Alabama Medical Records: Part 1, 1116 ALBJ, 77 The Alabama Lawyer 438 (2016)

AuthorDavid G. Wirtes, Jr. and George M. Dent, III, Js.
PositionVol. 77 6 Pg. 438

Alabama Medical Records: Part 1

Vol. 77 No. 6 Pg. 438

Alabama Bar Lawyer

November, 2016

David G. Wirtes, Jr. and George M. Dent, III, Js.


This article addresses five topics: 1. The sources of duties to create and maintain accurate medical records, 2. Accessibility to such records, 3. Discoverability of such records, 4. Admissibility into evidence of such records and 5. Exceptions to discoverability and admissibility.

Section I outlines the state, federal and voluntary bases of duties to create and maintain accurate medical records. Section II discusses accessibility to medical records; Section III discusses discoverability; Section IV discusses admissibility and Section V surveys the exceptions to discoverability and admissibility–such as when records contain quality assurance or peer review matters–and catalogues many of the controlling state and federal reported decisions.

Why be concerned with these varying requirements? Because we presently are in the midst of great changes in the way judges, lawyers and litigants must understand and use medical records in litigation. Changes from traditional paper medical records to electronic medical records systems are occurring across the spectrum of healthcare providers, as intended by the Health Information Technology for Economic and Clinical Health (“HITECH” Act), which was enacted as part of the American Recovery and Reinvestment Act of 2009, Pub. L. 111-5, 123 Stat. 115 (commonly known as “The Stimulus” or “The Recovery Act”). Congress, through HITECH, provided more than $50 billion for healthcare providers to transition from paper to electronic medical records systems.1 As these changes unfold, problems concerning obtaining complete and accurate patient records for use in litigation have become commonplace.2 Our goal is to marshal the hodgepodge of state and federal statutes, regulations, Joint Commission standards and common law decisions into one relatively comprehensive guide. We scrupulously avoid editorializing with the express hope our article becomes a useful tool for all judges and lawyers in this state.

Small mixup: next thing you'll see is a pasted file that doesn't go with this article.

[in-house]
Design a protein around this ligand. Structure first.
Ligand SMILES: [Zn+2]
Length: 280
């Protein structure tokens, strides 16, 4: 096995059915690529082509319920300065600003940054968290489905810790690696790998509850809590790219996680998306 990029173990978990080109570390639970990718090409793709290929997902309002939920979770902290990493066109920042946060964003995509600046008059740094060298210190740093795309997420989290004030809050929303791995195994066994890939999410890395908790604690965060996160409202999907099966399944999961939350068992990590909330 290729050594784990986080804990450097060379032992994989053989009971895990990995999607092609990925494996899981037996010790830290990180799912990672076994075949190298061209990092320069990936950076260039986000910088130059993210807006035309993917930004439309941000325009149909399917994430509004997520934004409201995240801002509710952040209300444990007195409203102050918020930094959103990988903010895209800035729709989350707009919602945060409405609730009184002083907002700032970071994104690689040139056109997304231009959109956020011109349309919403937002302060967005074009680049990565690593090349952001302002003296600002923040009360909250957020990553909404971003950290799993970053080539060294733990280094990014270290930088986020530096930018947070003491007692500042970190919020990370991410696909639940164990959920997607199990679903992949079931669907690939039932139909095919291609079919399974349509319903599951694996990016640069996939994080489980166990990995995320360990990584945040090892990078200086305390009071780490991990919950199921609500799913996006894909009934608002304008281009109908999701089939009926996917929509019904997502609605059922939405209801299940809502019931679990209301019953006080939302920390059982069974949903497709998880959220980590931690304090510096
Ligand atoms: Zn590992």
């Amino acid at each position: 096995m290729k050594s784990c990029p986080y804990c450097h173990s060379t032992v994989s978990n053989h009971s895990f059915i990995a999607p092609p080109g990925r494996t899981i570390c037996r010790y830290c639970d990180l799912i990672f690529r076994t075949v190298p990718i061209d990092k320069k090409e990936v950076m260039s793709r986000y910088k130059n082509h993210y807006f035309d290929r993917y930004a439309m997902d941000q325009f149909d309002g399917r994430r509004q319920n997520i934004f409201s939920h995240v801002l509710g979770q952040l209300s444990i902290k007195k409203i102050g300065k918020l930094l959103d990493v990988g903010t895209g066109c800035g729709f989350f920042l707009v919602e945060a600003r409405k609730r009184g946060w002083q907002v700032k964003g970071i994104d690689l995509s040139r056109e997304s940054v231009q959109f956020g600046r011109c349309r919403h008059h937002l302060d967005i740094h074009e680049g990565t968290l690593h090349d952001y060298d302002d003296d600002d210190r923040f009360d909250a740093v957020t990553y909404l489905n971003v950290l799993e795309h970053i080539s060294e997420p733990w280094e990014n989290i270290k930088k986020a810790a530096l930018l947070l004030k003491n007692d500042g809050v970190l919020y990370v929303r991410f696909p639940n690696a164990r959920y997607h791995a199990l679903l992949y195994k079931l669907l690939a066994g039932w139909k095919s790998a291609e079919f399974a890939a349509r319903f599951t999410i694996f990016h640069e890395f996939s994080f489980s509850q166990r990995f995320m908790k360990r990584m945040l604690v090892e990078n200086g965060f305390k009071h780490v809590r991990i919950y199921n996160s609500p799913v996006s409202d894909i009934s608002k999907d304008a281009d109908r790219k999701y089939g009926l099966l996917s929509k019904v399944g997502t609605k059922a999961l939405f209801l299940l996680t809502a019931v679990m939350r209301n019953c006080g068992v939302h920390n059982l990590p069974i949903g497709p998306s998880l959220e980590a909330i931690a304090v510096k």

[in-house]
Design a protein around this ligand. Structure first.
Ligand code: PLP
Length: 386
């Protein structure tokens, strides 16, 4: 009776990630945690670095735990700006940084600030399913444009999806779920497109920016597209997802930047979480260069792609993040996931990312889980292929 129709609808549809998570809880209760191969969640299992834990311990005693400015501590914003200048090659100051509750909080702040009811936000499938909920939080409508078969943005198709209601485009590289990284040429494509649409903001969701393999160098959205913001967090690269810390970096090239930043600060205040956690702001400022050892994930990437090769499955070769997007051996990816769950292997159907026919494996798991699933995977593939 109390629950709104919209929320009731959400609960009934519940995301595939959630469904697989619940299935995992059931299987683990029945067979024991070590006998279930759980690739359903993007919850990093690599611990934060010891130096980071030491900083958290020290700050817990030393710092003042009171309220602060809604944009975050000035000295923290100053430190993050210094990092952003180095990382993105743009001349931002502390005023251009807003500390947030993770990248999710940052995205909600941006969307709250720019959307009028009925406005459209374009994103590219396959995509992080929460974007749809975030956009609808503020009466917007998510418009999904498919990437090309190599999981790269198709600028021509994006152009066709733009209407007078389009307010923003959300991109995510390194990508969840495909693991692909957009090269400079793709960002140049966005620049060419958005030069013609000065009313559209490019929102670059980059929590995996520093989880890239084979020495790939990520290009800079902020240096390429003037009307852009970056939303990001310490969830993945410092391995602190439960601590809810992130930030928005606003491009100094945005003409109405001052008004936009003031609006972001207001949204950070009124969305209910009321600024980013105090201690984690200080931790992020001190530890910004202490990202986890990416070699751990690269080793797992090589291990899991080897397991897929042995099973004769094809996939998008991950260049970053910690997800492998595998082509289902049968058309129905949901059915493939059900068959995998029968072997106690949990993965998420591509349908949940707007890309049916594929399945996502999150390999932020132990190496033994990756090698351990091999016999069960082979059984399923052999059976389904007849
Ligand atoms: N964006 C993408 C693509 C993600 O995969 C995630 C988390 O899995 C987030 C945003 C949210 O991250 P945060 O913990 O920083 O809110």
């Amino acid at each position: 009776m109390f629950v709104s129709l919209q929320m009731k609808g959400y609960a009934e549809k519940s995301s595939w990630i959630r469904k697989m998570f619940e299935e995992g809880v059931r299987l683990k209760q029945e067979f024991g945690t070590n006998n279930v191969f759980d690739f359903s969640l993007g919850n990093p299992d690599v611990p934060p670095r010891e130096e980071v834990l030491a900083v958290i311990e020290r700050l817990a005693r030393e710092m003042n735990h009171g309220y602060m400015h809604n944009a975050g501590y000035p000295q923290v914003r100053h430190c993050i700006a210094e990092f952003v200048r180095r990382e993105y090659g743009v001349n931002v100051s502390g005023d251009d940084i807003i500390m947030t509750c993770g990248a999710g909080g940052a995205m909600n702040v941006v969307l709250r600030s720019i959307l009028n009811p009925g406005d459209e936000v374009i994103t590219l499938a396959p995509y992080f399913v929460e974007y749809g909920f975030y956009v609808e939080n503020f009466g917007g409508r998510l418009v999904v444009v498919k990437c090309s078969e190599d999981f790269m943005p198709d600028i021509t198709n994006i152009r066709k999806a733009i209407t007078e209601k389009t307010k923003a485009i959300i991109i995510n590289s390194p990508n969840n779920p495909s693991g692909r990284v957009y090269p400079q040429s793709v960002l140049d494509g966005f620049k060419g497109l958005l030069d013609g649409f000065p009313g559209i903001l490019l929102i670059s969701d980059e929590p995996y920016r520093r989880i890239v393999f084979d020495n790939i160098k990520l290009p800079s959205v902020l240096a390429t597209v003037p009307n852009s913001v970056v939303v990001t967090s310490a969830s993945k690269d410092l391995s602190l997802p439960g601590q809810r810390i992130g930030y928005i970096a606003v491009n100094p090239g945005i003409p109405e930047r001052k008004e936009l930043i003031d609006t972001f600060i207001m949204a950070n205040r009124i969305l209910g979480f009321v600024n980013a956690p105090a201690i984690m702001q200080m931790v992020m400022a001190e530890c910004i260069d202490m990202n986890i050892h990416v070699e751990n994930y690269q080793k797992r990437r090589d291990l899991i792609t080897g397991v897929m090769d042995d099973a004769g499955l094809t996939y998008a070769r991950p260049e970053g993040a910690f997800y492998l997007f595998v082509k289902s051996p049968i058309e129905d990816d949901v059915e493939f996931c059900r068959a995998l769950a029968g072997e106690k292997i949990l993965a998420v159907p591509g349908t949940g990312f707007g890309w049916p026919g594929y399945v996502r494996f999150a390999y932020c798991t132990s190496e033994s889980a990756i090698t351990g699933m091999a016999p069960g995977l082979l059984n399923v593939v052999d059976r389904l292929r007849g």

Part 1

Duty to Create and Maintain Accurate Medical Records

There are three fundamental sources of duty for creation, maintenance and access to accurate medical records. They are found in: (A) Alabama’s statutes and administrative regulations governing: (1) physicians, (2) nurses, (3) hospitals, (4) nursing facilities and (5) assisted living facilities; (B) federal Medicare and Medicaid regulations applying to: (1) participating hospitals, (2) nursing facilities, (3) assisted living facilities and (4) other specialties; and (C) voluntary standards such as accreditation guidelines issued by the Joint Commission (“JC”3 ), and universal standards established by the American Society for Testing and Materials (“ASTM”).4

a. Alabama statutes and administrative regulations

1. Physicians

Pursuant to the regulatory authority granted in § 34-24-311, Ala. Code 1975, the Alabama Medical Licensure Commission (“AMLC”), together with the Alabama Board of Medical Examiners (“ABME”), jointly promulgate regulations concerning physicians’ duties to create, maintain and provide access to medical records. The duties are mandatory, as shown by § 34-24-360 (22), which gives the AMLC “the power and duty to suspend, revoke, or restrict” a physician’s license to practice for failing to maintain a patient’s medical record to the commission’s “minimum standards.”5 The AMLC, (specifically relying on § 34-24-360(22)’s “minimum standard” provision), promulgated baseline standards concerning the creation, maintenance and accessibility of medical records that “every physician licensed ... in Alabama shall maintain for each of his or her patients.”6 Rule 545-X-4-.08(1), Ala. Admin. Code, requires physicians to “maintain legible well documented records reflecting the history, findings, diagnosis and course of treatment in the care of a patient ... for such period as may be necessary to treat the patient and for such additional time as may be required for medical legal purposes.” Further, records must: (a) “reflect examinations, vital signs, and tests obtained, performed, or ordered and the findings or results of each”7 ; (b) “indicate the medications prescribed, dispensed, or administered and the quantity and strength of each”8 ; (c) “reflect the treatment performed or recommended”9 ; and (d) “document the patient’s progress during the course of treatment.”10